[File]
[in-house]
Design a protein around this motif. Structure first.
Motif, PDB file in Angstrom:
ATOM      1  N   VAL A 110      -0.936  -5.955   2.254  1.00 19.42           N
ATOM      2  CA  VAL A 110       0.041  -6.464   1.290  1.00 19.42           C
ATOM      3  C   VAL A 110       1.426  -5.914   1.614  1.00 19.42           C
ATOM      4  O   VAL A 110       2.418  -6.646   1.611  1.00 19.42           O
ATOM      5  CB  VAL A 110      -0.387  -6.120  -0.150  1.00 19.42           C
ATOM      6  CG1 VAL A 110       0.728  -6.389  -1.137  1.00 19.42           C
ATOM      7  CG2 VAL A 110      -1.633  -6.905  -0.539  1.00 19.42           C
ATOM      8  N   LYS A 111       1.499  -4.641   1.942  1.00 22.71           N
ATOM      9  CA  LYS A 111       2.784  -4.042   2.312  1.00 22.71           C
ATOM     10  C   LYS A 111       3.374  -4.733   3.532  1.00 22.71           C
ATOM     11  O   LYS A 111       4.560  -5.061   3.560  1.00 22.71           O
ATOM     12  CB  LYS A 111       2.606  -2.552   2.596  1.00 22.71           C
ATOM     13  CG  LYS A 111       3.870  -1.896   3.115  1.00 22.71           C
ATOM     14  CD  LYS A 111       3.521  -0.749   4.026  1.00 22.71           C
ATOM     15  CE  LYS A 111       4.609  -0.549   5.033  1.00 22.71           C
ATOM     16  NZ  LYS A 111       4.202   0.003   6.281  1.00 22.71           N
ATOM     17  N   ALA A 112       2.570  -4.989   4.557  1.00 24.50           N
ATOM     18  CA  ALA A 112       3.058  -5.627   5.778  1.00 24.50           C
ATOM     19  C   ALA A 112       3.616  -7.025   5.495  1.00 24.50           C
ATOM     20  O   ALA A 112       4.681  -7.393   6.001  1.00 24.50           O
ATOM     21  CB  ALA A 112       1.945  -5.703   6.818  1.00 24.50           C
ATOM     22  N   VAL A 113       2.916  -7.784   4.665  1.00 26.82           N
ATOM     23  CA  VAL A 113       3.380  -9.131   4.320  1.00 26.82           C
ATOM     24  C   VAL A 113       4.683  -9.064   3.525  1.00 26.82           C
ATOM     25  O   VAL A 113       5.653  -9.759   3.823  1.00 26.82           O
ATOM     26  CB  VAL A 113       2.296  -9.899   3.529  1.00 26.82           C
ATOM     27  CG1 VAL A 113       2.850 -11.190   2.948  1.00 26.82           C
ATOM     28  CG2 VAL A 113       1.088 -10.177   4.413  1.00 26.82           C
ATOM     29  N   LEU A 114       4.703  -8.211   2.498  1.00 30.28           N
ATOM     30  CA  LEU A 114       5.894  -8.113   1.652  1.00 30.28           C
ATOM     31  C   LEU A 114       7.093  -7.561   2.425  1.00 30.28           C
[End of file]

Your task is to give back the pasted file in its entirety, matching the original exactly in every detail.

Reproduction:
[in-house]
Design a protein around this motif. Structure first.
Motif, PDB file in Angstrom:
ATOM      1  N   VAL A 110      -0.936  -5.955   2.254  1.00 19.42           N
ATOM      2  CA  VAL A 110       0.041  -6.464   1.290  1.00 19.42           C
ATOM      3  C   VAL A 110       1.426  -5.914   1.614  1.00 19.42           C
ATOM      4  O   VAL A 110       2.418  -6.646   1.611  1.00 19.42           O
ATOM      5  CB  VAL A 110      -0.387  -6.120  -0.150  1.00 19.42           C
ATOM      6  CG1 VAL A 110       0.728  -6.389  -1.137  1.00 19.42           C
ATOM      7  CG2 VAL A 110      -1.633  -6.905  -0.539  1.00 19.42           C
ATOM      8  N   LYS A 111       1.499  -4.641   1.942  1.00 22.71           N
ATOM      9  CA  LYS A 111       2.784  -4.042   2.312  1.00 22.71           C
ATOM     10  C   LYS A 111       3.374  -4.733   3.532  1.00 22.71           C
ATOM     11  O   LYS A 111       4.560  -5.061   3.560  1.00 22.71           O
ATOM     12  CB  LYS A 111       2.606  -2.552   2.596  1.00 22.71           C
ATOM     13  CG  LYS A 111       3.870  -1.896   3.115  1.00 22.71           C
ATOM     14  CD  LYS A 111       3.521  -0.749   4.026  1.00 22.71           C
ATOM     15  CE  LYS A 111       4.609  -0.549   5.033  1.00 22.71           C
ATOM     16  NZ  LYS A 111       4.202   0.003   6.281  1.00 22.71           N
ATOM     17  N   ALA A 112       2.570  -4.989   4.557  1.00 24.50           N
ATOM     18  CA  ALA A 112       3.058  -5.627   5.778  1.00 24.50           C
ATOM     19  C   ALA A 112       3.616  -7.025   5.495  1.00 24.50           C
ATOM     20  O   ALA A 112       4.681  -7.393   6.001  1.00 24.50           O
ATOM     21  CB  ALA A 112       1.945  -5.703   6.818  1.00 24.50           C
ATOM     22  N   VAL A 113       2.916  -7.784   4.665  1.00 26.82           N
ATOM     23  CA  VAL A 113       3.380  -9.131   4.320  1.00 26.82           C
ATOM     24  C   VAL A 113       4.683  -9.064   3.525  1.00 26.82           C
ATOM     25  O   VAL A 113       5.653  -9.759   3.823  1.00 26.82           O
ATOM     26  CB  VAL A 113       2.296  -9.899   3.529  1.00 26.82           C
ATOM     27  CG1 VAL A 113       2.850 -11.190   2.948  1.00 26.82           C
ATOM     28  CG2 VAL A 113       1.088 -10.177   4.413  1.00 26.82           C
ATOM     29  N   LEU A 114       4.703  -8.211   2.498  1.00 30.28           N
ATOM     30  CA  LEU A 114       5.894  -8.113   1.652  1.00 30.28           C
ATOM     31  C   LEU A 114       7.093  -7.561   2.425  1.00 30.28           C